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Throughout history, personal liberty, free markets, and peaceable, voluntary exchanges have been roundly denounced by tyrants and often greeted with suspicion by the general public. Unfortunately, Americans have increasingly accepted the tyrannical ideas of reduced private property rights and reduced rights to profits, and have become enamored with restrictions on personal liberty and control by government. In this latest collection of essays selected from his syndicated newspaper columns, Walter E. Williams takes on a range of controversial issues surrounding race, education, the environment, the Constitution, health care, foreign policy, and more. Skewering the self-righteous and self-important forces throughout society, he makes the case for what he calls the "the moral superiority of personal liberty and its main ingredient—limited government." With his usual straightforward insights and honesty, Williams reveals the loss of liberty in nearly every important aspect of our lives, the massive decline in our values, and the moral tragedy that has befallen Americans today: our belief that it is acceptable for the government to forcibly use one American to serve the purposes of another.


Cinderella Liberator

Cinderella Liberator

Author: Rebecca Solnit

Publisher: Haymarket Books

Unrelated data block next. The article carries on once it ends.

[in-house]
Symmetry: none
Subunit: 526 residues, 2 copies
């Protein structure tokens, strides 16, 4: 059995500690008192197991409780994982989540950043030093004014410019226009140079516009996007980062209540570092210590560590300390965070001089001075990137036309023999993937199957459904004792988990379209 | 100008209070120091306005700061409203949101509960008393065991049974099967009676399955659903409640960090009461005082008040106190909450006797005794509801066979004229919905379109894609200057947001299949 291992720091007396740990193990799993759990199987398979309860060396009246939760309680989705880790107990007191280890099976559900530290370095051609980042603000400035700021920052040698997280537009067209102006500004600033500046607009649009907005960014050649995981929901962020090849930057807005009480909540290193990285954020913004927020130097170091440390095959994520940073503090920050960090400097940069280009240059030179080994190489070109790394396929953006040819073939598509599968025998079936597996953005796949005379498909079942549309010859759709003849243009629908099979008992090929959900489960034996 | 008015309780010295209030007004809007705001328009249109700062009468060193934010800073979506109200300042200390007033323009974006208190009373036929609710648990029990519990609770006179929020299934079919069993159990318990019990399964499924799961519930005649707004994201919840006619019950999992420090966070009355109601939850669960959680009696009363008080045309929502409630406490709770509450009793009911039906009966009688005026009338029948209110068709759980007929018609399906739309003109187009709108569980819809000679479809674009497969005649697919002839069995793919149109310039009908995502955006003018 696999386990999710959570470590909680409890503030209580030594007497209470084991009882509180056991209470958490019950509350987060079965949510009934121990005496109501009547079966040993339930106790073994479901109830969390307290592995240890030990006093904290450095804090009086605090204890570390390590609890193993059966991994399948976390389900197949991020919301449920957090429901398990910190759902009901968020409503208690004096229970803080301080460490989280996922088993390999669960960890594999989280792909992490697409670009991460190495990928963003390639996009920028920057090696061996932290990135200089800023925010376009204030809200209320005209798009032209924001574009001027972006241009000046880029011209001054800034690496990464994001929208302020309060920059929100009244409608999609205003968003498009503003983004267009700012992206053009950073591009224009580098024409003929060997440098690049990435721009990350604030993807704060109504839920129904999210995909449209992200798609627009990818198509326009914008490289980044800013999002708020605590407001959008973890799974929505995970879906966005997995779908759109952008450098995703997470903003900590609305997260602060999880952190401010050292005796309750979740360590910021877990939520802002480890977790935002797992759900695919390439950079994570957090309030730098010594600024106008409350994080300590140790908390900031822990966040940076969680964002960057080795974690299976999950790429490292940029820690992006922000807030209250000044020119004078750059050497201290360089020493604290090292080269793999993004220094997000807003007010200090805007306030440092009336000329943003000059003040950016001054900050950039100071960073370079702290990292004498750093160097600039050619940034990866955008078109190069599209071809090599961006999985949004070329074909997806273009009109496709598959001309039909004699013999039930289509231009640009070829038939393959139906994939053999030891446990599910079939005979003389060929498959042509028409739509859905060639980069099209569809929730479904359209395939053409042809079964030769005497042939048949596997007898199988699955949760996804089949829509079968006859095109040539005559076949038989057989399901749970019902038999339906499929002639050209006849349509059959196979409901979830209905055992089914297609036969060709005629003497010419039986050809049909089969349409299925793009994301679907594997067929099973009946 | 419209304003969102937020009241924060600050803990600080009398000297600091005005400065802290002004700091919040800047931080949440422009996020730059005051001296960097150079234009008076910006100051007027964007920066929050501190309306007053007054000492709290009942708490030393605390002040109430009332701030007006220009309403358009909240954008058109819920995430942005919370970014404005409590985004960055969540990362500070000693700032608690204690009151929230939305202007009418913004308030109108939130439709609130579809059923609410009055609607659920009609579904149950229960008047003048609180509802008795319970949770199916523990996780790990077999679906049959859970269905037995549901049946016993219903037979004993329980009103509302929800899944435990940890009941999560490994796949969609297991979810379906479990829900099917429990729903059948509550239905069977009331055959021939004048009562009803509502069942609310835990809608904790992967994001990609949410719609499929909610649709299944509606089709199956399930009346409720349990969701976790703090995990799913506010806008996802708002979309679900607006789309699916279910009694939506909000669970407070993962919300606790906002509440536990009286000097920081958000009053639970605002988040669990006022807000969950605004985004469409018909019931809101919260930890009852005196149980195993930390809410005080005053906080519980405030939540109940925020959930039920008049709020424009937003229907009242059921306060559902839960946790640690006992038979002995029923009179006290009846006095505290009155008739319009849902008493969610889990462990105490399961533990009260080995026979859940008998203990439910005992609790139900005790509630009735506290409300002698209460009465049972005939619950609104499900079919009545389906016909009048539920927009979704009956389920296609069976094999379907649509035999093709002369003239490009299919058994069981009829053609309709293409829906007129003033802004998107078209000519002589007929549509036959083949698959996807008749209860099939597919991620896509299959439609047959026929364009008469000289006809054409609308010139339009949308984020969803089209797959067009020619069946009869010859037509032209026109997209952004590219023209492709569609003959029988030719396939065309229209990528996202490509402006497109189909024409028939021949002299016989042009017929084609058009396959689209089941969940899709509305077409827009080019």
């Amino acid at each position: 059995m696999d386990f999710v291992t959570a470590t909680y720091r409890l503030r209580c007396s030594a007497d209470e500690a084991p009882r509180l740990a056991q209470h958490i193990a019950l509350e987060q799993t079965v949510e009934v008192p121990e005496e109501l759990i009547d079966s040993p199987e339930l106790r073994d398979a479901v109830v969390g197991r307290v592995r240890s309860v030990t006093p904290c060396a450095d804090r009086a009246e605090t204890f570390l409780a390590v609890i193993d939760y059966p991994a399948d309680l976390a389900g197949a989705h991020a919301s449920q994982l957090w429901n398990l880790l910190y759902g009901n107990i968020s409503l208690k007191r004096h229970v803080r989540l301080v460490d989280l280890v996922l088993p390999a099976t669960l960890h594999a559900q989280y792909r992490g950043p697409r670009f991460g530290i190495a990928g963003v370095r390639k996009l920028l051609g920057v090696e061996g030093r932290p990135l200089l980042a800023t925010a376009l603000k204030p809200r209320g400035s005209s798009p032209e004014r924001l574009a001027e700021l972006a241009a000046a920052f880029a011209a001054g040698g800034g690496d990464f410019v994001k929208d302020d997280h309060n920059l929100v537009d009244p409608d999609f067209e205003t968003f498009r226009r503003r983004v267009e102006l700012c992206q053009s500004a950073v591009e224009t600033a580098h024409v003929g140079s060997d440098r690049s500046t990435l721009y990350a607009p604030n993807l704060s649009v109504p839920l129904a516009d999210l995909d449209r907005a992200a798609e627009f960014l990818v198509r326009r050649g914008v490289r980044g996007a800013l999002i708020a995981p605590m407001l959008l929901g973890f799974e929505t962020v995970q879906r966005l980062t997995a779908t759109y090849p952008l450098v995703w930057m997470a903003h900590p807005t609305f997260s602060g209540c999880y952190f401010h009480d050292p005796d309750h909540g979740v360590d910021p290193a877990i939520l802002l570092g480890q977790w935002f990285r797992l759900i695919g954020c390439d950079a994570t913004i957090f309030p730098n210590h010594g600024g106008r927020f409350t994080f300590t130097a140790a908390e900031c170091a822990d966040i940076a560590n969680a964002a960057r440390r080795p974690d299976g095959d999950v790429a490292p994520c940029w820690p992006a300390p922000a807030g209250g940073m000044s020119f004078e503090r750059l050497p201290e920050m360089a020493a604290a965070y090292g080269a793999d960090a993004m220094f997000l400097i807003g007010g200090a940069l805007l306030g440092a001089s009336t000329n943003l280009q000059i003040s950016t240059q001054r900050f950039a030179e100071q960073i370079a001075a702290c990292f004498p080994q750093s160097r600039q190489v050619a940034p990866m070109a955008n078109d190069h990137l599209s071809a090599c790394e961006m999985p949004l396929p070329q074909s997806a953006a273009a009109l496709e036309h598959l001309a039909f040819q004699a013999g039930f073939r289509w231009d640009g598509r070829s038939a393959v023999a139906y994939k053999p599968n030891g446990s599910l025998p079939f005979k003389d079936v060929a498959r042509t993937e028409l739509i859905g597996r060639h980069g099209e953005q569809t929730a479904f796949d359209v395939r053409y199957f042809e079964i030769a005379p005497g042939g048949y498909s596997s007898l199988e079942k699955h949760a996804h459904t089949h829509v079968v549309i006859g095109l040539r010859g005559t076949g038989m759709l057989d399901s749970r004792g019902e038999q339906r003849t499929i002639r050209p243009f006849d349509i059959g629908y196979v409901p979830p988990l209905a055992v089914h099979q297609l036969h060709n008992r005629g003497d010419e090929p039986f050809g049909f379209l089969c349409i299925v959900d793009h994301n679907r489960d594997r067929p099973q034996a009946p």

Published: 2019-05-07

Total Pages: 55

ISBN-13: 164259119X

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“What would the world look like if girls grew up reading fairytales made from the magic they carry inside themselves? Breathtakingly beautiful, is what.” —Lidia Yuknavich, national bestselling author In her debut children’s book, Rebecca Solnit reimagines a classic fairytale with a fresh, feminist Cinderella and new plot twists that will inspire young readers to change the world, featuring gorgeous silhouettes from Arthur Rackham on each page. In this modern twist on the classic story, Cinderella, who would rather just be Ella, meets her fairy godmother, goes to a ball, and makes friends with a prince. But that is where the familiar story ends. Instead of waiting to be rescued, Cinderella learns that she can save herself and those around her by being true to herself and standing up for what she believes. “Being a princess is absolutely fine if that’s what you choose. It’s having those choices taken away from you that make for big problems. Cinderella in Solnit’s book is given that choice. She’s allowed to say what her dreams are, and then she goes out and attains them. And they’re not huge ridiculous dreams but small, happy, manageable ones. Ultimately, that’s the gift Ms. Solnit is giving kids with this book.” —School Library Journal “This is a reminder of hope and possibility, of kindness and compassion, and—perhaps most salient—imagination and liberty. Through the imaginations of our childhoods, can we find our true selves liberated in adulthood?” —Chelsea Handler “This is, hands down, a wonderful book—one that even the jaded reader will clasp upon completion with a contented sigh.” —The New York Times